Sustainable food is something worth striving towards. We want our children to eat as well as we do, and for this to be possible we need to protect the quality of the soil and water that ultimately affects the quality of our food. Meat is a food with a particularly high environmental impact, so changing your meat consumption habits can make a big difference to your environmental footprint.
If I could eat a meal where the meat was produced in a way that protected Australian soils and the welfare of the animals I would have a much clearer conscience. If I also wanted this meal to be gluten free and at a reasonably affordable price do you think I’d be asking too much? Is there a place in Sydney where I could eat a meal that satisfies my conscience and my dietary requirements?
In fact there are a couple of places that satisfy all these conditions, and I was lucky enough to be invited to a dinner at one of them. MuMu Grill in Crows Nest is a restaurant that takes real care to serve sustainable food at affordable prices. When Lorraine from Not Quite Nigella invited me to join her group of food bloggers for a Slow Food dinner at MuMu I was very excited. I was also worried though, because I couldn’t believe I’d be lucky enough to eat gluten free on a set menu.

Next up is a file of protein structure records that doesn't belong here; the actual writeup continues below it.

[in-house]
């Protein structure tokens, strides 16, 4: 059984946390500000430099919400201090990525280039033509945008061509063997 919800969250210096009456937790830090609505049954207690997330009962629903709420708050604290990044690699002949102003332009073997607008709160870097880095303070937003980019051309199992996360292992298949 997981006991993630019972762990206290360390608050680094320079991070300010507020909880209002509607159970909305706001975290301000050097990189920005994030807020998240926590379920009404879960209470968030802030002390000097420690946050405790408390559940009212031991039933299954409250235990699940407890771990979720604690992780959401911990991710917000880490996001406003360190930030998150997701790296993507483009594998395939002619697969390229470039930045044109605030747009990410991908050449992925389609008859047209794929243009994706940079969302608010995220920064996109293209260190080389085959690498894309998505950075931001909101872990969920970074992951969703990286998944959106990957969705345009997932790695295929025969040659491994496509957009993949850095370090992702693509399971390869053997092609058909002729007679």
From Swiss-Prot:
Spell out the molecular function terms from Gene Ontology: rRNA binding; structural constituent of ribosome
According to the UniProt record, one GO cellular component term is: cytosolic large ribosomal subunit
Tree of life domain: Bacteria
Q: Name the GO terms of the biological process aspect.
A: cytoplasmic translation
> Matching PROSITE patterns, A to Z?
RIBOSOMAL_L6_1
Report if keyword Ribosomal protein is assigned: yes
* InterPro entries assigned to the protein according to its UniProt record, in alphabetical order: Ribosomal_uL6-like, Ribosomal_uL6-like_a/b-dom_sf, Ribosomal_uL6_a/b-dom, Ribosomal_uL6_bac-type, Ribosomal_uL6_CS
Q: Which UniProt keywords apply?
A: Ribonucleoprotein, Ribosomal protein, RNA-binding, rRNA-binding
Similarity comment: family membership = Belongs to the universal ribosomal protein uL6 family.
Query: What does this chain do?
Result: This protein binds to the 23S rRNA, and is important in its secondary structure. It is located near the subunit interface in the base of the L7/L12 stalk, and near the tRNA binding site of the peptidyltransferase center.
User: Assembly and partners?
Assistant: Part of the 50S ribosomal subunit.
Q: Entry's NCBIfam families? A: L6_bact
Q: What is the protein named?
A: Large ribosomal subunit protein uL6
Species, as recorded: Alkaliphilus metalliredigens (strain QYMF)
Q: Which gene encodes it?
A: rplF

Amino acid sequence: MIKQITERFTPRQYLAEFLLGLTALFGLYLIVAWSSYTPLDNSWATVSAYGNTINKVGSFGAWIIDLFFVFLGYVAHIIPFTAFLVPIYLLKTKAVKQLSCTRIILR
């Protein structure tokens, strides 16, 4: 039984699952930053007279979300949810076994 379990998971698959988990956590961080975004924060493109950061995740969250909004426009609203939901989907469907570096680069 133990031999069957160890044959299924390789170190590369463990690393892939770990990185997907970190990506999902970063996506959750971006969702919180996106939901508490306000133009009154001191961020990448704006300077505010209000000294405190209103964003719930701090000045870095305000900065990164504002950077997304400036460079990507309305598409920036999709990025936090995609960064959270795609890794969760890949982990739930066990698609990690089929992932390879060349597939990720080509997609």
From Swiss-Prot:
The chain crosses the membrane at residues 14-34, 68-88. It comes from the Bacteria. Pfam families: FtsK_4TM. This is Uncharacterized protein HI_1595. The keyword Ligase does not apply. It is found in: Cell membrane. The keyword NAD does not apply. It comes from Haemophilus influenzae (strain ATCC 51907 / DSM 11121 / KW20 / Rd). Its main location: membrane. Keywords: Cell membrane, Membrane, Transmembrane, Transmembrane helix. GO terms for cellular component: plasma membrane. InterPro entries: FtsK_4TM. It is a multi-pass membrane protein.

A phone call to Craig, the chef at MuMu and our host for the night, set my mind at ease. This four course meal was entirely gluten free except for the bread served with the appetisers. One of the girls in my office, who answered when Craig returned my call, commented on how friendly he sounded on the phone. In person he was just as nice, and invited us to have a look behind the scenes at the kitchen and coldroom at MuMu.
Craig explained to us that ageing lamb makes it more tender, but many restaurants don’t do it because they fear it will go bad. To ensure the safety of the lamb at MuMu the coldroom is cleaned weekly and tested for bacteria and protein residues. Ageing the lamb in this room allows the muscle fibres to separate which makes the meat tender. This tenderness is enhanced by long cooking times at low temperatures.
From the coldroom we proceeded to the kitchen where the meat was kept handy in an open topped refrigerator on the bench. There were a couple of open-mouthed ovens and plenty of hot plates. This completed our tour and we proceeded to the bar for our appetisers.
As the staff moved about the bar serving jamon on slices of bread we helped ourselves to olives and wine. This was my first experience of just how considerate the staff at MuMu could be. When I explained that I couldn’t have bread a sympathetic waitress offered to get some jamon without it. When the platter arrived I was impressed with the cured meat. In the past I’ve enjoyed the taste of jamon, but found it a bit chewy, so I was really impressed with the tenderness of the jamon at MuMu.